I moved to Houston from Denton for graduate school with a copy of Baudrillard’s Symbolic Exchange and Death under one arm, The Routledge Cultural Studies Reader under the other, and my ex-girlfriend Valerie* for security. We had been together four years and loved each other very much, but the passionate side of our relationship had pretty much died. We had both been accepted into the University of Houston’s drawing and painting MFA program. So as we passed the Sam Houston monument just after Huntsville in our U-Haul, we believed that our friendship was strong enough to keep us together as friends and allies. We were scared of the new place we were going to and felt safer together than alone. We moved into a two-bedroom apartment off of Alabama and Montrose near The Proletariat and tried very hard to be roommates.
After a semester at the University of Houston, the new class of graduates was given their first assignments as teaching aides. This was my first time teaching, and I was terrified of the students. I walked into the studio on the first day and the twenty-two blankly skeptical faces staring at me made me want to throw up. I handed out the syllabi, introduced the course in a cracked voice and told them they could leave. As the class filed away through the door, four or five people formed a line at the table where I was standing. These were the students who wanted to add the course. They smelled blood on me and with a combination of pleading and ultimatums, they demanded I let them in, which I did.
The last person in this line of latecomers would become my guide for the next six months into a part of the art world that has nothing to do with Baudrillard, cultural studies or art. Her name was Andrea, she was about thirty-eight years old, and despite the fact that she was probably only 5’6”, her giant, white flip-flops made her look six feet tall. Her hair was naturally blonde in the same way that strawberry-flavored gum tastes like strawberries and her skin was suntanned in the same way that my Ikea furniture is made of oak. She was clothed from head to toe in a pristine white tracksuit that had the word “Juicy” emblazoned across her ass, from the edge of one taut cheek to the other. Her breasts were enormous and her make-up was thickly but carefully applied. It wasn’t really clear to me at the time, but she was a socialite messing around in an art class. I stared at her with a mixture of fascination, desire and pure dread. At that moment I had one of those premonitions that we all sometimes have; that a person you have just met is going to fuck you up.
A few weeks later, as I leaned in over Andrea’s shoulder to point to her charcoal drawing and tell her to slow down and look carefully (probably the only piece of advice a drawing instructor can ever really offer) she mentioned that she had heard that I had been in a group show at Barbara Davis Gallery and asked if I had any other paintings in my studio that I was interested in selling. I said I did. She went on to tell me that she wanted to buy one of my paintings for her boyfriend Mitchell, who had an “amazing” art collection.
I was excited by the prospect of selling another painting. But I may have been more excited by the fact that this strange woman was talking to me. From her carefully constructed and outrageous appearance to her expensive and flashy jewelry, she was completely alien to me and seemed clearly the opposite of many of the values I liked to think I believed in. I grew up in a lower middle class family with parents deep in debt. Every Christmas was a compromise between what I wanted and what my parents could afford to buy. Since my liberal arts education had stripped me of every “ism” except classism, it was with a kind of repulsion that I found myself flattered.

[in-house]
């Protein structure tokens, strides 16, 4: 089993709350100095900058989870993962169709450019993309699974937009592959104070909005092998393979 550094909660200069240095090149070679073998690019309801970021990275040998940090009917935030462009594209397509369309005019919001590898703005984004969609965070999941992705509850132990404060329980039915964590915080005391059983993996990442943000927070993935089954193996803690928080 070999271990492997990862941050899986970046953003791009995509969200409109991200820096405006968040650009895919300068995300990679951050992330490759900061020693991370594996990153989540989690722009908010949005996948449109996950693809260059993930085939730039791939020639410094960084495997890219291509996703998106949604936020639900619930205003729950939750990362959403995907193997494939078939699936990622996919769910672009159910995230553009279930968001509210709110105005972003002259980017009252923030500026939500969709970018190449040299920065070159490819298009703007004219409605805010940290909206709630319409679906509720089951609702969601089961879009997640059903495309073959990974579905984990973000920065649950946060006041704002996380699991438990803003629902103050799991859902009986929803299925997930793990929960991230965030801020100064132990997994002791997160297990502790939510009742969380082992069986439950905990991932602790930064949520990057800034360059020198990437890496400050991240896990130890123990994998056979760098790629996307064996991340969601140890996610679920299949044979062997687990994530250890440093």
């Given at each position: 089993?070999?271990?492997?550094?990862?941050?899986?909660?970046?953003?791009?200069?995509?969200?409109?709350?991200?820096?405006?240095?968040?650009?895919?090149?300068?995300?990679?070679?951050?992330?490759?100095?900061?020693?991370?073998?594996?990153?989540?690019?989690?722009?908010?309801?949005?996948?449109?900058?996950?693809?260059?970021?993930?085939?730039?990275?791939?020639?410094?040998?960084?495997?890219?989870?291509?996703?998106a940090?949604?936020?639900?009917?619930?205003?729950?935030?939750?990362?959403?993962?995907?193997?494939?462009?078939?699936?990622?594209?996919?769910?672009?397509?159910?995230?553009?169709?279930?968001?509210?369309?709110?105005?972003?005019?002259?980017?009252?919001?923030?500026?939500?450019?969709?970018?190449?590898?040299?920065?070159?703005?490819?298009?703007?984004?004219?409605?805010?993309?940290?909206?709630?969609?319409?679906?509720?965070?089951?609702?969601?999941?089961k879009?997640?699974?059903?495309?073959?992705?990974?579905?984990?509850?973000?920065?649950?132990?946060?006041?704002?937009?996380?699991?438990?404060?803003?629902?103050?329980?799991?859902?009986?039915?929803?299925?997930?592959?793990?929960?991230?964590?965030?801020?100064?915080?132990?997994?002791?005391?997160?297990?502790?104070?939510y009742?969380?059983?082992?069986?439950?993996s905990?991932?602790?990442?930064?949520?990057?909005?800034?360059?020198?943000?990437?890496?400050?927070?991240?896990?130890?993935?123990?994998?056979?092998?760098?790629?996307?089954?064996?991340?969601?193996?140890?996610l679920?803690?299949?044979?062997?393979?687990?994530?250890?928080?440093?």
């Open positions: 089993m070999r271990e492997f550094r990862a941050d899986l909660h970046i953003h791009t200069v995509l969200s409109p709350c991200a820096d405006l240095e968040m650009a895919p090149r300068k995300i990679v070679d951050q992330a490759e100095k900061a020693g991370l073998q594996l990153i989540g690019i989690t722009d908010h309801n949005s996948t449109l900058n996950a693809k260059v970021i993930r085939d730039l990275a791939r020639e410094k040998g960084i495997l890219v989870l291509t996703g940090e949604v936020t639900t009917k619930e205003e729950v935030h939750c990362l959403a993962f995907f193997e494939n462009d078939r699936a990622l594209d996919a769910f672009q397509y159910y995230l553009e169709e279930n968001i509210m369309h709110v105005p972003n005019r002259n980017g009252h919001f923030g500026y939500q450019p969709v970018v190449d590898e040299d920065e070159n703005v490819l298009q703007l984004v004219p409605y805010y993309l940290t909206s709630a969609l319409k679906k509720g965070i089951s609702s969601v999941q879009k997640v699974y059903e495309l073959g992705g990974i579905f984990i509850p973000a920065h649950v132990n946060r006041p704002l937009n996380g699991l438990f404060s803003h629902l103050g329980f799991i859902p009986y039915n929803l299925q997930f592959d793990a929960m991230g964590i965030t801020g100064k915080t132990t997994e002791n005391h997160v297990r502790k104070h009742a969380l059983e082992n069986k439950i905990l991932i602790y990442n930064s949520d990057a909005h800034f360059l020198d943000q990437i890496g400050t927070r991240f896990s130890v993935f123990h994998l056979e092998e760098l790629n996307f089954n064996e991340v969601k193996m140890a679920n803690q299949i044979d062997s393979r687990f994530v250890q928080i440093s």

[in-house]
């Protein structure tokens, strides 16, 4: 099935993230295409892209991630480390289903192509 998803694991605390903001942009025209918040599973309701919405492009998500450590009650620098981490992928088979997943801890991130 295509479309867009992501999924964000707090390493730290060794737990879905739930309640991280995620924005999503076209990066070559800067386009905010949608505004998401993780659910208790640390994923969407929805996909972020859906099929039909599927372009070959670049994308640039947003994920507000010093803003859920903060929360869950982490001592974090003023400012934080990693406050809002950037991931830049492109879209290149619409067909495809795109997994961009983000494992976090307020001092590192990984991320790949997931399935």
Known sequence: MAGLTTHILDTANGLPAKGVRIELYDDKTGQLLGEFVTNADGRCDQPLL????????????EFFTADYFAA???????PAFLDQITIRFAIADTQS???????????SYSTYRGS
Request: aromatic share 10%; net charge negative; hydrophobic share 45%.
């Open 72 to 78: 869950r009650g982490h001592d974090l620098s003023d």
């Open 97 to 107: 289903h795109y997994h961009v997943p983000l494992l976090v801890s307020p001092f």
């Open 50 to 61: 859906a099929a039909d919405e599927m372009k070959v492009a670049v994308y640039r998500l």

She said that she would bring Mitchell’s mother, Maria, to my studio that week so that they could pick something out together.
The following Saturday I found myself sitting on one of the rotted couches in the graduate studios, waiting for them to arrive. I was situated just inside a pair of glass doors, from where I could see anyone who got off the elevator walk down the long concrete and brick corridor toward the studios.
The elevator door opened and I watched Andrea and another woman exit and walk toward me. Both were dressed in workout gear; Andrea in a black tracksuit unzipped to reveal a white tank top that strained to cross the great expanse of her chest, Maria in an orange tracksuit with an intricate floral print accented by sequins. Both wore gleaming white track shoes. Maria had shoulder length black hair, gold earrings, ice on her neck and the angular face of a predator. As I let them in I could smell sweat and strong perfume.
Once in the studio I had my story down – I explained what I thought I was doing, justified every philosophical and conceptual choice I made in the work and when I ran out of things to say I stopped talking and tried to will the knot out of my stomach. Andrea was draped over my swivel chair, arm over the back, legs open, chewing her lip and looking through me. Maria stood the whole time in the same place as I talked. She smiled, arched one sharp eyebrow and asked me how much it was. I was prepared. I had asked one of my instructors what to say when this question came up since the painting wasn’t in a gallery. I was advised to name the price the painting in the group show had sold for and be prepared to go down 15 percent. I named the price.
She kept smiling and said, “right, but this isn’t in a gallery so shouldn’t it be less?” I skipped ten and instantly dropped down the full 15 percent.
They left me with a check and a few minutes later Andrea called and told me that Maria and her husband Roger would very much like to go to an opening and take me to dinner. Was there an opening I thought might be interesting? I mentioned that Mark Flood was having an opening at Mixture. It was arranged that I would meet Roger, Maria, Andrea and her boyfriend Mitchell at Mixture and we would walk across the street to Mark’s afterwards. We met at the opening, Andrea introduced me to her boyfriend, Maria bought one of Mark Flood’s paintings and I talked to Roger about my grandfather, who had also been in Korea. As we walked across Westheimer, passing Shaw’s Tattoo, a drunk, homeless guy called out to Mitchell and Roger.